I think a common Libertarian view is that unions are unfairly and massively promoted by the State. (For example, the absurd laws against 'retaliation'.) There is no objection to unions that arise through purely voluntary associations. However, employers should be permitted to do the same thing, and they currently are not.
You may be right that this is a common view among libertarians. In my view the state has more commonly hobbled unions, for example via the Taft-Hartley act and right to work laws I already mentioned. Or, going back further in history, mobilizing police and military against striking miners and workers. Today in many less developed nations unions face similar state repression via laws and police, part of the reason that overseas manufacturing is so inexpensive.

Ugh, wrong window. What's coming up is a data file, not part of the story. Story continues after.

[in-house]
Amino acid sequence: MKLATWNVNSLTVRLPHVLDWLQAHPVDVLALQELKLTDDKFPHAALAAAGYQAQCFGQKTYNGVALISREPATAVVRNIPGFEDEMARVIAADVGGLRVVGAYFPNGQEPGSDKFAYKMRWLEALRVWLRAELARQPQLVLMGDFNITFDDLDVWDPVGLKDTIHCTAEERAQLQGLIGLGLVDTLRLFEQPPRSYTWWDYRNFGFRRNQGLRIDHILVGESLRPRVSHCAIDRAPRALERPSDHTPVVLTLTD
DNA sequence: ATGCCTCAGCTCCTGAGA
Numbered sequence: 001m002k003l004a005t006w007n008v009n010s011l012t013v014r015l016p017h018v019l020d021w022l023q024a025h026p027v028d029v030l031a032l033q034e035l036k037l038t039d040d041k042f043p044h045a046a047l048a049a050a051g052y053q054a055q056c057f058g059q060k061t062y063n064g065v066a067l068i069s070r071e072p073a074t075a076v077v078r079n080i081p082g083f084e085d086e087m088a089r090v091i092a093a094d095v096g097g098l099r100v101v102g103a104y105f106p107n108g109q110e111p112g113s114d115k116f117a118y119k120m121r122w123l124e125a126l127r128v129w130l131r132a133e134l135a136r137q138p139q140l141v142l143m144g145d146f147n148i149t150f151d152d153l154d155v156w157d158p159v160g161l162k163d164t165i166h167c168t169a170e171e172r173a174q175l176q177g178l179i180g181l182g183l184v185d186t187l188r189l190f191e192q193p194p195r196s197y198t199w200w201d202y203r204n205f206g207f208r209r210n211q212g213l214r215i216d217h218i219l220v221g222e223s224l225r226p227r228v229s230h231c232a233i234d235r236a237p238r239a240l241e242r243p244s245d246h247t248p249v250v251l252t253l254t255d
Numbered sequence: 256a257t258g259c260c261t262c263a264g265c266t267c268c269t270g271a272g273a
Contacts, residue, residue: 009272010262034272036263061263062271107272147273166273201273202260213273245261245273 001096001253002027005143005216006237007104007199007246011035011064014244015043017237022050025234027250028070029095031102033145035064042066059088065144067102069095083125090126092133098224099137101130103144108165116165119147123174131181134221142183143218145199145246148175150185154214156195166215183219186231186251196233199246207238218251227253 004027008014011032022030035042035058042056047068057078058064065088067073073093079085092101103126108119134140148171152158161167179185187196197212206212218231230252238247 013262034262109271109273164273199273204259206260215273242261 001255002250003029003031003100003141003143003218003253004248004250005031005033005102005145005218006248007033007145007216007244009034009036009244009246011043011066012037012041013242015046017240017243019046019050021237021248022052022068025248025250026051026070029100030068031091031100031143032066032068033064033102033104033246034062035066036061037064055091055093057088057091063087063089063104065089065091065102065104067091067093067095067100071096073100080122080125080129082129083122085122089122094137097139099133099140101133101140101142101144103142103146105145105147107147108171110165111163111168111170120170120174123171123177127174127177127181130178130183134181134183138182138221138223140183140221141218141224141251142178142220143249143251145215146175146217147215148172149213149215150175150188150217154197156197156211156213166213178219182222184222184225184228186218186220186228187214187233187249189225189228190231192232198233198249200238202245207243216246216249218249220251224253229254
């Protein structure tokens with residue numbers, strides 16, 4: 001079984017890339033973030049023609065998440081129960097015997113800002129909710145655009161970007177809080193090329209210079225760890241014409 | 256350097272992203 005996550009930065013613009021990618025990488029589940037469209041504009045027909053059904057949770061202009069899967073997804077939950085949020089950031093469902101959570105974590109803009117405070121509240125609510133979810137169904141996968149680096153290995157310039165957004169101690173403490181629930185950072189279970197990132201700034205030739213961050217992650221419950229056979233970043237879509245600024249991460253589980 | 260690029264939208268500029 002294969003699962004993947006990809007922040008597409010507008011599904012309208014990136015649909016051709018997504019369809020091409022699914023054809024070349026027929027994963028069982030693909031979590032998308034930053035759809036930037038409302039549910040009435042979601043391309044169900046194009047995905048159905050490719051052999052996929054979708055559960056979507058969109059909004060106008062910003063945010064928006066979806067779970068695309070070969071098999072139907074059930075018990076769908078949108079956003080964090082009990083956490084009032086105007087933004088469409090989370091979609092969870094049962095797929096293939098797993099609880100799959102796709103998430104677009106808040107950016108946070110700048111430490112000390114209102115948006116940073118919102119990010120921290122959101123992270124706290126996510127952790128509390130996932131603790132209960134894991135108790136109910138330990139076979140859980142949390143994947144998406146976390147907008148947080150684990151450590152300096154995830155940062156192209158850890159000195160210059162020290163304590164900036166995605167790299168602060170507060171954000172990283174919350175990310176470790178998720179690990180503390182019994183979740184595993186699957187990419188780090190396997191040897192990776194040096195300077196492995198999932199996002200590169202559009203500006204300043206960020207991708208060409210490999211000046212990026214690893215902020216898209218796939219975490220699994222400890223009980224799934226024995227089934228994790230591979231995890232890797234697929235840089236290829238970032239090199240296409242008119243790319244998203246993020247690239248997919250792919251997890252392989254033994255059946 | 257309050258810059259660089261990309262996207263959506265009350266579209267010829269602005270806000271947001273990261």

I think that fair is fair: nothing is off-limits during negotiation except violence. Unions can try their utmost to take employers for everything via contracts, and employers can do the same to unions. The employer's opening bid may be "you get $1 per piece produced, and have to buy your clothes at the company store." The union's counter may be "we get $30 per hour, retirement at 50, and lifetime pensions amounting to 70% of average monthly wages at retirement." Both sides can make ridiculous demands, but will eventually converge (if not rapidly and neatly) onto mutually satisfactory terms. But no cheating! No sending the Pinkertons out to rough up the strikers or strikers out to rough up the scabs. The state doesn't get to interfere either on behalf of either party, or on behalf of interested third parties like stock holders or bank lenders.